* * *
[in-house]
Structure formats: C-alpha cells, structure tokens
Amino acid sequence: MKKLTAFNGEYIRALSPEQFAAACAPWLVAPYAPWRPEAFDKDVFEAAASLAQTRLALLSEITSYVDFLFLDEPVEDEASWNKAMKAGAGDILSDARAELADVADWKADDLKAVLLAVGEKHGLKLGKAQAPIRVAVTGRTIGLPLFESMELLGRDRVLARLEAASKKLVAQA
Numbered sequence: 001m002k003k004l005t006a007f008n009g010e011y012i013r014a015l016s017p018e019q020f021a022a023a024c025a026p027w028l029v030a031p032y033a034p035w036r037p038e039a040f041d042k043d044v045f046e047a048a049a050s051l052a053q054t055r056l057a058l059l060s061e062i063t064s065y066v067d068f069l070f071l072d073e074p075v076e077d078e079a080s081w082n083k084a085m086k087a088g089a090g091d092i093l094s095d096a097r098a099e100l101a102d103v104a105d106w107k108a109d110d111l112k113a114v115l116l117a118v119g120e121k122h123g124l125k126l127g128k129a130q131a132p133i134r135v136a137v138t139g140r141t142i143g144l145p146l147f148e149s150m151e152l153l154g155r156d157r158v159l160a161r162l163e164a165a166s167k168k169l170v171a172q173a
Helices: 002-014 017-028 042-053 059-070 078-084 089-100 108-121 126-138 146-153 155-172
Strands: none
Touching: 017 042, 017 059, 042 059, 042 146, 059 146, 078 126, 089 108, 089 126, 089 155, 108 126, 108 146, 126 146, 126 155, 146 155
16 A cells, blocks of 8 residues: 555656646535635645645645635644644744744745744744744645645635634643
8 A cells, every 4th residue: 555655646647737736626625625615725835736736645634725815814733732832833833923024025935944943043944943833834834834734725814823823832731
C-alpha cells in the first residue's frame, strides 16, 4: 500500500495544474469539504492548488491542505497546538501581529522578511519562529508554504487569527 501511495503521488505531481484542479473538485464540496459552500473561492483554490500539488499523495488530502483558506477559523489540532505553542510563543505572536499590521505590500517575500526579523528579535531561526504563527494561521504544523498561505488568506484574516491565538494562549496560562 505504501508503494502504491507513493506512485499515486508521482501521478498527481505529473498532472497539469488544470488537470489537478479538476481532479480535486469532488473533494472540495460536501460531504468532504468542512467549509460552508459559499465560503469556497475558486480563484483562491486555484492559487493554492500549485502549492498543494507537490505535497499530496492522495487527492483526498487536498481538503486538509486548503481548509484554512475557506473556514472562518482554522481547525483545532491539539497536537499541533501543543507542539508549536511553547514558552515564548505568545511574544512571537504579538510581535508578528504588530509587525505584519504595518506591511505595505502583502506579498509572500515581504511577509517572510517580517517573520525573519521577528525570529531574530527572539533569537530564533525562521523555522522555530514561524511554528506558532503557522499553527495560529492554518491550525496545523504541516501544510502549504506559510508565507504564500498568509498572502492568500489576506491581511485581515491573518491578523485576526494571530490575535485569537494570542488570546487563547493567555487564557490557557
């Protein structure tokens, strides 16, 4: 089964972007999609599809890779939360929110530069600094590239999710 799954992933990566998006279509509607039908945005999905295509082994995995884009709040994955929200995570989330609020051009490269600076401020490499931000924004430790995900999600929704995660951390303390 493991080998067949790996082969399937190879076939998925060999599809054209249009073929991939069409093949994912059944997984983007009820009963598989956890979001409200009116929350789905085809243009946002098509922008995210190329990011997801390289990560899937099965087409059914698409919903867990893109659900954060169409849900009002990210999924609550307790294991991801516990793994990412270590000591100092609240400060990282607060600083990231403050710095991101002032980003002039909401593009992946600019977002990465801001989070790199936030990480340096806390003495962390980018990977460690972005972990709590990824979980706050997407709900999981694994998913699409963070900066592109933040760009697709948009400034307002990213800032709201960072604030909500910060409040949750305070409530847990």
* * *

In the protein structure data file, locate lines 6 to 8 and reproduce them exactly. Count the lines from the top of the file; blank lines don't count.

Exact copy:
Strands: none
Touching: 017 042, 017 059, 042 059, 042 146, 059 146, 078 126, 089 108, 089 126, 089 155, 108 126, 108 146, 126 146, 126 155, 146 155
16 A cells, blocks of 8 residues: 555656646535635645645645635644644744744745744744744645645635634643